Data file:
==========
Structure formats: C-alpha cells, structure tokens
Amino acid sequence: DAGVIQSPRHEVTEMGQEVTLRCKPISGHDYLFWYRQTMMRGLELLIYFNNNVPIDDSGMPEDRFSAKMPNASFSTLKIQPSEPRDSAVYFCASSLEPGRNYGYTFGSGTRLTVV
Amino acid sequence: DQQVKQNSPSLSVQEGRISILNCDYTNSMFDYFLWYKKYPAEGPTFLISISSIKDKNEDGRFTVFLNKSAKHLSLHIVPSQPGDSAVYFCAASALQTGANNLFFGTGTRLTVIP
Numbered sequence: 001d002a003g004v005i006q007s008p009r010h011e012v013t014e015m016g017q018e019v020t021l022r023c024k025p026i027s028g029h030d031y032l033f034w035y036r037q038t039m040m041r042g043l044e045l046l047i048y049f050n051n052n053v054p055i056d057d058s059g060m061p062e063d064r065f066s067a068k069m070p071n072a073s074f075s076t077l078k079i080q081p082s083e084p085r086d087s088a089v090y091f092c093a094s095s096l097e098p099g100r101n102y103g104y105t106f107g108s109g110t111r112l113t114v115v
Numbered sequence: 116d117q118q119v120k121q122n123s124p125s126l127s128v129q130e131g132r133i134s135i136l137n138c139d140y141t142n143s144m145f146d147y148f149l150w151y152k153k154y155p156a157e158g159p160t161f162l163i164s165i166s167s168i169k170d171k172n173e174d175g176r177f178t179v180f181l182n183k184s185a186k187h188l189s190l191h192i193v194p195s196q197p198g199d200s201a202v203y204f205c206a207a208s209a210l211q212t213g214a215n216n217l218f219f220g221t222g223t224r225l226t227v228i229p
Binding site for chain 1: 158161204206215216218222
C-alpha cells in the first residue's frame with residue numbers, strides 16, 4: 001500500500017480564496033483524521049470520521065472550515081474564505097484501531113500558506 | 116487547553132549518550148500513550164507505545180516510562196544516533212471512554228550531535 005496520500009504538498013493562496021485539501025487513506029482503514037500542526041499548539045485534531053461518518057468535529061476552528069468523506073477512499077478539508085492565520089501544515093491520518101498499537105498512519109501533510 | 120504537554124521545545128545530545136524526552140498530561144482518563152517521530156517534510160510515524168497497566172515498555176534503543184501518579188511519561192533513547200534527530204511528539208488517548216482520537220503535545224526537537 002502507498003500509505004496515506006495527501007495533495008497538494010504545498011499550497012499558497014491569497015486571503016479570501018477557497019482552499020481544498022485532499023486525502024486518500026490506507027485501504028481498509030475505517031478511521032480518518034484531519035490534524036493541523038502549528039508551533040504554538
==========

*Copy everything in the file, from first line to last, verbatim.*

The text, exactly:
Structure formats: C-alpha cells, structure tokens
Amino acid sequence: DAGVIQSPRHEVTEMGQEVTLRCKPISGHDYLFWYRQTMMRGLELLIYFNNNVPIDDSGMPEDRFSAKMPNASFSTLKIQPSEPRDSAVYFCASSLEPGRNYGYTFGSGTRLTVV
Amino acid sequence: DQQVKQNSPSLSVQEGRISILNCDYTNSMFDYFLWYKKYPAEGPTFLISISSIKDKNEDGRFTVFLNKSAKHLSLHIVPSQPGDSAVYFCAASALQTGANNLFFGTGTRLTVIP
Numbered sequence: 001d002a003g004v005i006q007s008p009r010h011e012v013t014e015m016g017q018e019v020t021l022r023c024k025p026i027s028g029h030d031y032l033f034w035y036r037q038t039m040m041r042g043l044e045l046l047i048y049f050n051n052n053v054p055i056d057d058s059g060m061p062e063d064r065f066s067a068k069m070p071n072a073s074f075s076t077l078k079i080q081p082s083e084p085r086d087s088a089v090y091f092c093a094s095s096l097e098p099g100r101n102y103g104y105t106f107g108s109g110t111r112l113t114v115v
Numbered sequence: 116d117q118q119v120k121q122n123s124p125s126l127s128v129q130e131g132r133i134s135i136l137n138c139d140y141t142n143s144m145f146d147y148f149l150w151y152k153k154y155p156a157e158g159p160t161f162l163i164s165i166s167s168i169k170d171k172n173e174d175g176r177f178t179v180f181l182n183k184s185a186k187h188l189s190l191h192i193v194p195s196q197p198g199d200s201a202v203y204f205c206a207a208s209a210l211q212t213g214a215n216n217l218f219f220g221t222g223t224r225l226t227v228i229p
Binding site for chain 1: 158161204206215216218222
C-alpha cells in the first residue's frame with residue numbers, strides 16, 4: 001500500500017480564496033483524521049470520521065472550515081474564505097484501531113500558506 | 116487547553132549518550148500513550164507505545180516510562196544516533212471512554228550531535 005496520500009504538498013493562496021485539501025487513506029482503514037500542526041499548539045485534531053461518518057468535529061476552528069468523506073477512499077478539508085492565520089501544515093491520518101498499537105498512519109501533510 | 120504537554124521545545128545530545136524526552140498530561144482518563152517521530156517534510160510515524168497497566172515498555176534503543184501518579188511519561192533513547200534527530204511528539208488517548216482520537220503535545224526537537 002502507498003500509505004496515506006495527501007495533495008497538494010504545498011499550497012499558497014491569497015486571503016479570501018477557497019482552499020481544498022485532499023486525502024486518500026490506507027485501504028481498509030475505517031478511521032480518518034484531519035490534524036493541523038502549528039508551533040504554538